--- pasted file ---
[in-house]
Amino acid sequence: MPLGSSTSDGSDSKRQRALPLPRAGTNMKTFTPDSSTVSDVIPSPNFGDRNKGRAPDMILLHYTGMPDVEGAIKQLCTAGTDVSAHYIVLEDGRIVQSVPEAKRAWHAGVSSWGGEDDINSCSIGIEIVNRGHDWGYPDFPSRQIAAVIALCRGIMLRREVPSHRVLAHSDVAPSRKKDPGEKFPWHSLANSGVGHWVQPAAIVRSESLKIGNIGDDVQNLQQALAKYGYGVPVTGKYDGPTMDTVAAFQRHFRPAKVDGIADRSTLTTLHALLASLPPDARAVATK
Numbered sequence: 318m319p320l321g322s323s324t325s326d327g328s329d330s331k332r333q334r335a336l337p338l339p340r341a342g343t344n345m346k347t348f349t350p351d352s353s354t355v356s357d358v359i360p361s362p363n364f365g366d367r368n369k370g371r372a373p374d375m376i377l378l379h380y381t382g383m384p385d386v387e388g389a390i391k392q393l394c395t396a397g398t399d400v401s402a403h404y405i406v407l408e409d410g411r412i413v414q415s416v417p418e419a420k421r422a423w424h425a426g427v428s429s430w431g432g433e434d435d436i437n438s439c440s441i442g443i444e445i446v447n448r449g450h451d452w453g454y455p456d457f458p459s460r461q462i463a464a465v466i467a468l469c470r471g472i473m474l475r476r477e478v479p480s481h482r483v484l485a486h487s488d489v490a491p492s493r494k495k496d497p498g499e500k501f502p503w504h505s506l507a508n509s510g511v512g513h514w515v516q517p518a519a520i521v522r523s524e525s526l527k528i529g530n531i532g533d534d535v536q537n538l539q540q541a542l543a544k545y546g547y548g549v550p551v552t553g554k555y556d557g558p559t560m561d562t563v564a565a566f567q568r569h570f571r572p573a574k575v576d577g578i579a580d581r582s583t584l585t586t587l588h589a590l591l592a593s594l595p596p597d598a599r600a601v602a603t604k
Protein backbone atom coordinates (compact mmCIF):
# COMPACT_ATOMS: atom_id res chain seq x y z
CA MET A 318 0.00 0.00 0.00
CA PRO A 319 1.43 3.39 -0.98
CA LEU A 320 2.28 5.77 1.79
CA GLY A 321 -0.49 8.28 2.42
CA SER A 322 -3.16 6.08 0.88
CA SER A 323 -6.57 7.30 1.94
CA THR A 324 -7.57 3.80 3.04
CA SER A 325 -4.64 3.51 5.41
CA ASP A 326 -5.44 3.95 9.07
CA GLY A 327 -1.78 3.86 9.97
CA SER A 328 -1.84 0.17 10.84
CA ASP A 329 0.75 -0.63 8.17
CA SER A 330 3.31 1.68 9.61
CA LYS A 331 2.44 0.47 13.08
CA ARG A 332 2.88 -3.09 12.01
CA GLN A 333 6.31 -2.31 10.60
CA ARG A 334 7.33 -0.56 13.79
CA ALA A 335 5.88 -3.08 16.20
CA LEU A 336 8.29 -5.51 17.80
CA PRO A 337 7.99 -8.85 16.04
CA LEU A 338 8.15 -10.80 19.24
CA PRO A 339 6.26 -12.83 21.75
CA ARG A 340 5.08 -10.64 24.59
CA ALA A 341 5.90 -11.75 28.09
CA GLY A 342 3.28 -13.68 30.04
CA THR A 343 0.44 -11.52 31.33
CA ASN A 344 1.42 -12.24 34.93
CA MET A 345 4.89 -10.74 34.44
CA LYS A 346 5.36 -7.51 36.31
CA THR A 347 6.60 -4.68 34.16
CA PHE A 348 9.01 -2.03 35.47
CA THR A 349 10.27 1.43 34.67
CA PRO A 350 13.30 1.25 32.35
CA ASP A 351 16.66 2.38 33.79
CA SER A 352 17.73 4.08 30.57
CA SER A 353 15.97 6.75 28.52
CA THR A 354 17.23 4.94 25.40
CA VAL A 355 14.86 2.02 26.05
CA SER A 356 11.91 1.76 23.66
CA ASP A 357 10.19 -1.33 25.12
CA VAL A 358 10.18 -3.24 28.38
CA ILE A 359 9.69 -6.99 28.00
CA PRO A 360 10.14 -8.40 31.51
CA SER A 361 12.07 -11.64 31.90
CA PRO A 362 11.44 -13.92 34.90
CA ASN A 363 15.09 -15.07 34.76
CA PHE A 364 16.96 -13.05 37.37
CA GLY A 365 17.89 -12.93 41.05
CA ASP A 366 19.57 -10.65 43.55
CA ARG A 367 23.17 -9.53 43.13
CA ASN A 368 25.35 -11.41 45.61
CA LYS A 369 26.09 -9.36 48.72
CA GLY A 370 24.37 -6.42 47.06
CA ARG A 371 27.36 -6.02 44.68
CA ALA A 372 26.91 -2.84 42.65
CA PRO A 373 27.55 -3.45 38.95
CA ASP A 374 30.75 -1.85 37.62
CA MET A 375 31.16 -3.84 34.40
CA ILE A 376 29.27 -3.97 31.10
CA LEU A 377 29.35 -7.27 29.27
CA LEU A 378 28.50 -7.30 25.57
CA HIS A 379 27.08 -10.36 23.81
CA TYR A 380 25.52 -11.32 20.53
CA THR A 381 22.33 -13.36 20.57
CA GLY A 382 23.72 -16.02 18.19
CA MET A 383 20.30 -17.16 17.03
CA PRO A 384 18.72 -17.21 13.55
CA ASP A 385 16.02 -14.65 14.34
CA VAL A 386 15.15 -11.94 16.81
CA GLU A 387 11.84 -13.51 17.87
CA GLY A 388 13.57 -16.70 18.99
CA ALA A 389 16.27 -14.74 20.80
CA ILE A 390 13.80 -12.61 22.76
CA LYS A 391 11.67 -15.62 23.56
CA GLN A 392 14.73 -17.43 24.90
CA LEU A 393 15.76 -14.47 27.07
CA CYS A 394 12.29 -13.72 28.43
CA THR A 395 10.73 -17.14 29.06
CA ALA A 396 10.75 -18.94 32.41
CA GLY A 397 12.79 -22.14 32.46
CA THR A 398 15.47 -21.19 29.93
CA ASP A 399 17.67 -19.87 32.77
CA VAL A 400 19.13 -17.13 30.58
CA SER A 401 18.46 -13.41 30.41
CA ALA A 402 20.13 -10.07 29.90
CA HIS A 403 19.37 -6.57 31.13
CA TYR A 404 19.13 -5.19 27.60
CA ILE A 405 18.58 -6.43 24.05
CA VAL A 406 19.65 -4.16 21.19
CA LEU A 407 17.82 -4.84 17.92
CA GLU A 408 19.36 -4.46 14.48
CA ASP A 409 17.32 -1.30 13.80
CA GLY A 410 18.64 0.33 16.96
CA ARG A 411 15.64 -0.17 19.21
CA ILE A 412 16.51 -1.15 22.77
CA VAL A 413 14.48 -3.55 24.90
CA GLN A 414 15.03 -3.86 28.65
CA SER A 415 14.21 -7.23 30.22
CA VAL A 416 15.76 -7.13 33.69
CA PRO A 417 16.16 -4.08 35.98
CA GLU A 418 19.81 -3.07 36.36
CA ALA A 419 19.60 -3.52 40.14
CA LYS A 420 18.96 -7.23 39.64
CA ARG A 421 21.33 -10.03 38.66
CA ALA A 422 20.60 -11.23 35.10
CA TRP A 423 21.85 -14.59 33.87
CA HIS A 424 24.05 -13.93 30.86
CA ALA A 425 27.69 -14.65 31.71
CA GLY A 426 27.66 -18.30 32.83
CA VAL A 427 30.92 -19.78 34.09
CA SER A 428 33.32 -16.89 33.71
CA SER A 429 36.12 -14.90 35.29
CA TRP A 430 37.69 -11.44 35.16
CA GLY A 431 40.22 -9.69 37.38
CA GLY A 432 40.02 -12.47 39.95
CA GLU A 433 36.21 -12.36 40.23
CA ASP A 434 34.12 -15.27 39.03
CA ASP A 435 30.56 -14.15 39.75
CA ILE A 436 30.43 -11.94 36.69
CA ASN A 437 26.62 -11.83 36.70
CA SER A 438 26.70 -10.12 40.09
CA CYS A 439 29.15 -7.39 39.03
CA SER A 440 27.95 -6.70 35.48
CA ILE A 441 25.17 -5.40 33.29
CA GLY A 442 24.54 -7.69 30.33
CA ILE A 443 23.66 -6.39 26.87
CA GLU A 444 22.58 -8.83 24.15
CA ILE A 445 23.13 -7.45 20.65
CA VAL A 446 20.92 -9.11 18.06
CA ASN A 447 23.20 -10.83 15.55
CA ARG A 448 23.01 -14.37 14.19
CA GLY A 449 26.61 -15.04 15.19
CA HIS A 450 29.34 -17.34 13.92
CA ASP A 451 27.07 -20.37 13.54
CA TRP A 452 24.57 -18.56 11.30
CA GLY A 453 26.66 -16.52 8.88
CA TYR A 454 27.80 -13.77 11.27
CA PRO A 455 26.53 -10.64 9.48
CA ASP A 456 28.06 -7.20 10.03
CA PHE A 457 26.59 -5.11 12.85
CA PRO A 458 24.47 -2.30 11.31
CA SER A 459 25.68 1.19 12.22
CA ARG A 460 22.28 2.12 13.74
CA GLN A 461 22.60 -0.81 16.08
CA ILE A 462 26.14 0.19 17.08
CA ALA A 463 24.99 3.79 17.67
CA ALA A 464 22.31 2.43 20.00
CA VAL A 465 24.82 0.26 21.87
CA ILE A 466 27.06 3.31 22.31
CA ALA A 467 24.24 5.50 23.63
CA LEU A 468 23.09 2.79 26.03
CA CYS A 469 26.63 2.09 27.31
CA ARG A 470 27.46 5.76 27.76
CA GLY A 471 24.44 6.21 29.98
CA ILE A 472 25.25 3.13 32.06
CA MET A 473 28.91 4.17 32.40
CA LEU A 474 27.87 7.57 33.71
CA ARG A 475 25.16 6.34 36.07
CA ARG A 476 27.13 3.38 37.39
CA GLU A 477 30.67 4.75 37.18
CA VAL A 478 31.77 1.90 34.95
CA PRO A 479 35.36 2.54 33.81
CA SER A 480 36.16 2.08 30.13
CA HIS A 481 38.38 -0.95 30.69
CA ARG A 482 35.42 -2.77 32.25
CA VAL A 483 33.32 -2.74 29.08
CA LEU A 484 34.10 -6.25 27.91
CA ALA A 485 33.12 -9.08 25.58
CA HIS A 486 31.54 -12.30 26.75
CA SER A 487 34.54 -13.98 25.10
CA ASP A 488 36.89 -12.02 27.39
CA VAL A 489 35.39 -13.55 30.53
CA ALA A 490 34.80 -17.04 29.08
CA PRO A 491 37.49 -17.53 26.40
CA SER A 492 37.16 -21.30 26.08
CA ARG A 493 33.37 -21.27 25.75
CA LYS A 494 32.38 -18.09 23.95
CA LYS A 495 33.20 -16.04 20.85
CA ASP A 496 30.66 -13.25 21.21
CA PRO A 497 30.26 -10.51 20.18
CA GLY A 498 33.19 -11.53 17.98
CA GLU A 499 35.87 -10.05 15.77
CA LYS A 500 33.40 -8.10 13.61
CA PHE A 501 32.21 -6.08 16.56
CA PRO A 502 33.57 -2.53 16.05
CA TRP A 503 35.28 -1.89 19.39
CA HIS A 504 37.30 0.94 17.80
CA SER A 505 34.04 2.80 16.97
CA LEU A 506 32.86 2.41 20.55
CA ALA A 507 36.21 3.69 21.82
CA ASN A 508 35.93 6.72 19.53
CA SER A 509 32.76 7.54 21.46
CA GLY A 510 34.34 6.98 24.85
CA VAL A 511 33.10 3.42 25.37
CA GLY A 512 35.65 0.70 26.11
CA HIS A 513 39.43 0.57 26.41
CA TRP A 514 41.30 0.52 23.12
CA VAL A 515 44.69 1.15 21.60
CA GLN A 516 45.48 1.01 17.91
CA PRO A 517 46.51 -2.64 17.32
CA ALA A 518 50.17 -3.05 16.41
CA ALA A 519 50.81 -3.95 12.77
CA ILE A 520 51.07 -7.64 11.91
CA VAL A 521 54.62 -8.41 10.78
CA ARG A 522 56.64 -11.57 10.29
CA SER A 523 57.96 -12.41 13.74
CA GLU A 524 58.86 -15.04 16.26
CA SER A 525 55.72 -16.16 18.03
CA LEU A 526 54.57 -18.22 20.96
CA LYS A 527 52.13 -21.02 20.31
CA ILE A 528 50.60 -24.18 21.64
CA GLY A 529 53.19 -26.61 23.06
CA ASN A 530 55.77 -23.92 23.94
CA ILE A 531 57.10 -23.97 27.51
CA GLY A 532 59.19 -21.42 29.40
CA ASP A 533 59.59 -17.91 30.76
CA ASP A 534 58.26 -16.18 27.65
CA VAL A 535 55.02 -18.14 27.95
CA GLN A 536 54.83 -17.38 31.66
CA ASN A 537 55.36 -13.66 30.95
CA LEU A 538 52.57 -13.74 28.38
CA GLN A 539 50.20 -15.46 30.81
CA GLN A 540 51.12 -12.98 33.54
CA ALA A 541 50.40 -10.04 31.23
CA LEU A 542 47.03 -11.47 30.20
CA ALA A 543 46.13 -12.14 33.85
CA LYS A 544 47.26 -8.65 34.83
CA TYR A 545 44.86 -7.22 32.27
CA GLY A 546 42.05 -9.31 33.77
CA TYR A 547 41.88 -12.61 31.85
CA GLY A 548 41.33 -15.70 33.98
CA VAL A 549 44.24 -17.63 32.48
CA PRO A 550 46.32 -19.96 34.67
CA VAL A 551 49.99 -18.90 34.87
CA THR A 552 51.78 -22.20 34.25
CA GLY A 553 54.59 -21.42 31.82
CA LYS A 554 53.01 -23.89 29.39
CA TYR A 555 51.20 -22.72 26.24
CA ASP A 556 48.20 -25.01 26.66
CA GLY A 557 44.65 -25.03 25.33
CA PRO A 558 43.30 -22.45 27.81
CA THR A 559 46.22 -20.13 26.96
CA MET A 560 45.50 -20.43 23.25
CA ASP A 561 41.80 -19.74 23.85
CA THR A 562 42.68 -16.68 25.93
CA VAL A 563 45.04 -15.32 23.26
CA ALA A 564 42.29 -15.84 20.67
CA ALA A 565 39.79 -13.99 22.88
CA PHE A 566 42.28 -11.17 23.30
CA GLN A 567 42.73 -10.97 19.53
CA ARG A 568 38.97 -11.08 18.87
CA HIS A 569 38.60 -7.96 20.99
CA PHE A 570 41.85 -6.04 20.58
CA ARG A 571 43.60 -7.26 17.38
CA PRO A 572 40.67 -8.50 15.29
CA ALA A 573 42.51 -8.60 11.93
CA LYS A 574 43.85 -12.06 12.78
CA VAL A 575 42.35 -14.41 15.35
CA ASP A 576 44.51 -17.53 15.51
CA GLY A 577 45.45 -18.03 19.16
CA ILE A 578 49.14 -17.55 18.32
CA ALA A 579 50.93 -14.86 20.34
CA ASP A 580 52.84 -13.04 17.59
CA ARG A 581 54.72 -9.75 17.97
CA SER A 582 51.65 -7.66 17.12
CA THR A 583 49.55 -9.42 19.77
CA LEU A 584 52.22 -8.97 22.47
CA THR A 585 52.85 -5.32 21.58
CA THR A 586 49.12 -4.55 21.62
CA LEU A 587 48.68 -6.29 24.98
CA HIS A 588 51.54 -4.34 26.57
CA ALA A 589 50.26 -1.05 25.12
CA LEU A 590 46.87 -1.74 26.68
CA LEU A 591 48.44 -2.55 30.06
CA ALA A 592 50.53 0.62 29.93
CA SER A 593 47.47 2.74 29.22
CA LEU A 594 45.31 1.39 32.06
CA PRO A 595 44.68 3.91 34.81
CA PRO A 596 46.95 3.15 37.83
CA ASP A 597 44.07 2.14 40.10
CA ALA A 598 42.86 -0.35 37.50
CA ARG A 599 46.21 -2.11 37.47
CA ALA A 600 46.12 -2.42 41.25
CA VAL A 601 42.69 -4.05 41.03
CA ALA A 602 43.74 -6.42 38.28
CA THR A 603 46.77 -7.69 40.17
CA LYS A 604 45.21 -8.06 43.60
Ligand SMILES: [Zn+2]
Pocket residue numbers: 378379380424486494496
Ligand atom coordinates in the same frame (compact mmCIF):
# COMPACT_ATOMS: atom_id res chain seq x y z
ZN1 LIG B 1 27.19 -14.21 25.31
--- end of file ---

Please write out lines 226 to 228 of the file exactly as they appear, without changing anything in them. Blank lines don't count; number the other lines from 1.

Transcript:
CA LEU A 538 52.57 -13.74 28.38
CA GLN A 539 50.20 -15.46 30.81
CA GLN A 540 51.12 -12.98 33.54